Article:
A version of this story appears in the Sunday Life section of The Oklahoman.
Oklahoma Shakespeare in the Park brings Noel Coward’s iconic comedy ‘Private Lives’ to the Paseo
Staging one of the most famous titles from one of the foremost British playwrights of the 20th century requires, in Emily Heugatter’s estimation, building a strong, clear metaphorical window.
And then gleefully shattering it.
“Comedy of manners, by definition, is a satirizing of the upper classes and the rules that bind them in their social position. Characters realize that they live and die by society’s opinions of them and their actions. What becomes fun is watching the characters throw off the constraints of societal expectations and behave like the truly crass, dirty, disgusting and ultimately loveable human beings that they are,” she said.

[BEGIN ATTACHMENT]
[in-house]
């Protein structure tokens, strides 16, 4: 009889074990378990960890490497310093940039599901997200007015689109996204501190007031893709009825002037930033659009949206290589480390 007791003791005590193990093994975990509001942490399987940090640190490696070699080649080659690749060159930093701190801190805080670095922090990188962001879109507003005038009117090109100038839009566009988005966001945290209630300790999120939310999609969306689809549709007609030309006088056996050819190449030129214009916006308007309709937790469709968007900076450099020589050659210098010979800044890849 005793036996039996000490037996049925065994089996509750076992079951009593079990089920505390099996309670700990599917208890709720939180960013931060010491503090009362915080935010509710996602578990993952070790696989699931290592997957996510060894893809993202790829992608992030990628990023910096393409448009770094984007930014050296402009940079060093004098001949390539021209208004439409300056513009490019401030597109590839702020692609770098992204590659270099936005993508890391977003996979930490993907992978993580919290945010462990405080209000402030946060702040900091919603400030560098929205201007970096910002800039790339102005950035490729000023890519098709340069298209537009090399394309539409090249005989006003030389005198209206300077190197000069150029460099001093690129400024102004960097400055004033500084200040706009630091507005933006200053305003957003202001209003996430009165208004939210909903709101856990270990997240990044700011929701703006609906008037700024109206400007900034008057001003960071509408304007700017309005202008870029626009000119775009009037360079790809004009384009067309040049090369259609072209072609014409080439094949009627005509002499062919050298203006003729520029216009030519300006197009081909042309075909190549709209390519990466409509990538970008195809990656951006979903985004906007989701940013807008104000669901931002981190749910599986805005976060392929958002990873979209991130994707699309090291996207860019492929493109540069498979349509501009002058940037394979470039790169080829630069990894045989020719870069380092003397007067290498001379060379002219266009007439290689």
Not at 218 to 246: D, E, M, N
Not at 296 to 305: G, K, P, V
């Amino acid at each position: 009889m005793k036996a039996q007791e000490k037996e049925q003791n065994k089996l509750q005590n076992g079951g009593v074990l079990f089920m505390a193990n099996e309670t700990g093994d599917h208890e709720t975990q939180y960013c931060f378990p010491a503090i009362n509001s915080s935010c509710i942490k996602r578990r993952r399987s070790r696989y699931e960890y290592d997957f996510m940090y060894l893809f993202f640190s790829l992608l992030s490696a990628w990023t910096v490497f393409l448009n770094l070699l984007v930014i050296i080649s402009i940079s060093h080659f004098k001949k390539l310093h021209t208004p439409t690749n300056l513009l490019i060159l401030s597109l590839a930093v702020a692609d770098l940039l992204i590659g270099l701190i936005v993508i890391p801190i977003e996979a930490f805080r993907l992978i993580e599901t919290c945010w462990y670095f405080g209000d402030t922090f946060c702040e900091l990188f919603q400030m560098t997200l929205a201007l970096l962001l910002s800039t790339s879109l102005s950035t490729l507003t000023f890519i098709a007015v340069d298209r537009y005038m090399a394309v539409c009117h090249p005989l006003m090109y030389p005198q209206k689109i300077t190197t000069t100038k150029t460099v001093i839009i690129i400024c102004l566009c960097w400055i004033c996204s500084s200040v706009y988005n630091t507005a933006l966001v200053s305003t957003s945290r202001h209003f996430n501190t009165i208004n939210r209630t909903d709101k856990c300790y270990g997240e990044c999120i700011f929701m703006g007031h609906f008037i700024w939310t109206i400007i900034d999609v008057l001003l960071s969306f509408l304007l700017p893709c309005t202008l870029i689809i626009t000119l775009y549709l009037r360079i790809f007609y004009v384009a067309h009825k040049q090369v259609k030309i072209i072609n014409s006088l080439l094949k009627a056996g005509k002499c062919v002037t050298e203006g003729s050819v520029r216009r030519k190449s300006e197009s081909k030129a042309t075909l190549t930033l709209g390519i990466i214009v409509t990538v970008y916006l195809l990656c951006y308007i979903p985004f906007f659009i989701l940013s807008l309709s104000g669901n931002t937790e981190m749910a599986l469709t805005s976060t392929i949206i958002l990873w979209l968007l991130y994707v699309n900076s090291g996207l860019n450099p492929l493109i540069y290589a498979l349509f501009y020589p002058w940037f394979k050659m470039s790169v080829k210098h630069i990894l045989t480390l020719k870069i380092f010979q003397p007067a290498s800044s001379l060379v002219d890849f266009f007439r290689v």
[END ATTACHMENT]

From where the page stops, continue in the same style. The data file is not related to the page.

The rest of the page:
“I have described it to my actors as this: In Act I, we build the frame of a window through which the audience views the social expectations that make up this world. We spend the first act building a strong window, and then we spend the rest of the play smashing it in the most hilarious ways possible.”
In her directorial debut for Oklahoma Shakespeare in the Park, Heugatter is taking on one of the most enduring selections from the quintessential English multihyphenate: “Private Lives” by prolific British playwright, screenwriter, composer, director, actor and singer Noel Coward.
The uproarious production opens Thursday, with performances continuing through Aug. 27, at the company’s intimate space in the Paseo Arts District.
“It’s considered one of the best, the greatest comedies ever written. … This is like ‘Much Ado About Nothing’ on steroids,” said Kathryn McGill, executive and…